Just War Thinking as a Social Practice

| February 14, 2013

The abstract for the International Studies Association panel that gave rise to this special section of Ethics & International Affairs referred to the “triumph” of just war theory. However, I think we ought rather to speak of just war discourse as occupying a particular niche. This is especially so with respect to discussions about policy: when and where governments should make use of military force, what type, and so on. In that context, appeals to the criteria of jus ad bellum and jus in bello complement (or sometimes compete with) thinking that draws on international law, various strategic doctrines (for example, counterinsurgency warfare, or COIN), notions of reciprocity between states, and a host of other considerations. The notion of “triumph” claims too much. At the same time, for advocates of the just war framework, the kind of recognition indicated by presidential and other official mentions of the idea is worthy of note. Some of these are due to constituency politics—that is, to the idea that “institutional” advocates of just war (say, the U.S. Conference of Catholic Bishops) may influence blocs of voters. Other invocations are better interpreted as a recognition that the vocabulary of just war can serve (along with other ways of speaking) in the attempt to craft wise policy.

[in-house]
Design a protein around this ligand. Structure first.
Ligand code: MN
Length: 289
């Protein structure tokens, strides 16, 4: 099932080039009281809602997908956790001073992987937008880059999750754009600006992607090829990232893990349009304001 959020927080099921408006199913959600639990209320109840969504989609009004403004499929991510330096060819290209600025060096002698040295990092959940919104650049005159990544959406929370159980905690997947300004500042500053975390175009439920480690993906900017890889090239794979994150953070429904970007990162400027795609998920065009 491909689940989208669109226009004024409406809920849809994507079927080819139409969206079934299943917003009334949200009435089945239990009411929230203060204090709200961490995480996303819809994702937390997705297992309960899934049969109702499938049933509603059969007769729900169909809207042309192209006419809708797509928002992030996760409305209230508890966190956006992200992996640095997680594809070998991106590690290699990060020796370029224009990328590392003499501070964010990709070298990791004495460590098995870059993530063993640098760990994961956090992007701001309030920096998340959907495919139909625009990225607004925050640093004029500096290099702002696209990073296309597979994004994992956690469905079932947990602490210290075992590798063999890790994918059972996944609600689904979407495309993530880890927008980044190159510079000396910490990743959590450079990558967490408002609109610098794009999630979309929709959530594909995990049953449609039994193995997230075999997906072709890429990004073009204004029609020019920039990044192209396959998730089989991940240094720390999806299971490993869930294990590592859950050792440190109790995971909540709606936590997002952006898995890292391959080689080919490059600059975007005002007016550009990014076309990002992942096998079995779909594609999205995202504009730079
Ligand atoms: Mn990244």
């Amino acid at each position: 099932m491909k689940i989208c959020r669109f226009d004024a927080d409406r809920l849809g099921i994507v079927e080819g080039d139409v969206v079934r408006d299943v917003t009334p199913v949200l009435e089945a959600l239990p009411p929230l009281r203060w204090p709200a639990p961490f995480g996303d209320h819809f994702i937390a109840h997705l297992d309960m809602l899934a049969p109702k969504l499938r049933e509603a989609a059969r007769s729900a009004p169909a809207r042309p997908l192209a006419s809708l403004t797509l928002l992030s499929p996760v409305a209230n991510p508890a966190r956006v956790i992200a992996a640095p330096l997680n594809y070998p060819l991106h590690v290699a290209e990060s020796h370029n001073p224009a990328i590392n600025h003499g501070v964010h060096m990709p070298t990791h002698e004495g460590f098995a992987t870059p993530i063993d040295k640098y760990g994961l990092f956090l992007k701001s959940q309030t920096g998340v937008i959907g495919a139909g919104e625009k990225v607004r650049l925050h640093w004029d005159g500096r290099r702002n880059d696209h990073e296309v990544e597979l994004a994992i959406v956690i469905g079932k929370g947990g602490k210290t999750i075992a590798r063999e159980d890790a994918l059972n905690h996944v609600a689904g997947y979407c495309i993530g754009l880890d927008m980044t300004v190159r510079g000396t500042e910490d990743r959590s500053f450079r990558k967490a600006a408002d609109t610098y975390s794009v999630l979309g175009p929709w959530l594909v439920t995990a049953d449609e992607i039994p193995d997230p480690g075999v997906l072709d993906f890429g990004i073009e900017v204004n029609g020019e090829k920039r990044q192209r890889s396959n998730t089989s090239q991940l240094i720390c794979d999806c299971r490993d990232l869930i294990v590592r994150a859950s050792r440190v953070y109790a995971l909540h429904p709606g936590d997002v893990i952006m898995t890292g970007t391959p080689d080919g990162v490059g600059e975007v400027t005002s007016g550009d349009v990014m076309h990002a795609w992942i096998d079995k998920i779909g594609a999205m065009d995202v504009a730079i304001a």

Given the niche occupied by just war thinking in contemporary policy discourse, it is worth asking (or perhaps, re-asking) several basic questions about the just war vocabulary. What purposes does it (or can it) serve? What is the nature of its authority? How does or ought just war thinking proceed? Or, to put it another way, how does one recognize “good” just war thinking? In this article I present a view of just war thinking as a social practice, arguing that (1) of the several purposes just war thinking serves, political wisdom has pride of place; (2) the authority of the just war framework rests in its ability to illumine policy; and (3) good just war thinking involves continuous and complete deliberation, in the sense that one attends to all the standard criteria at war’s inception, at its end, and throughout the course of conflict. By way of illustration I review some of the contributions (and failures) of just war argument with respect to NATO’s post-9/11 effort in Afghanistan.

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Category: Article, Issue 27.1, Special Section: Just War and Its Critics, The Ethics of War and Peace

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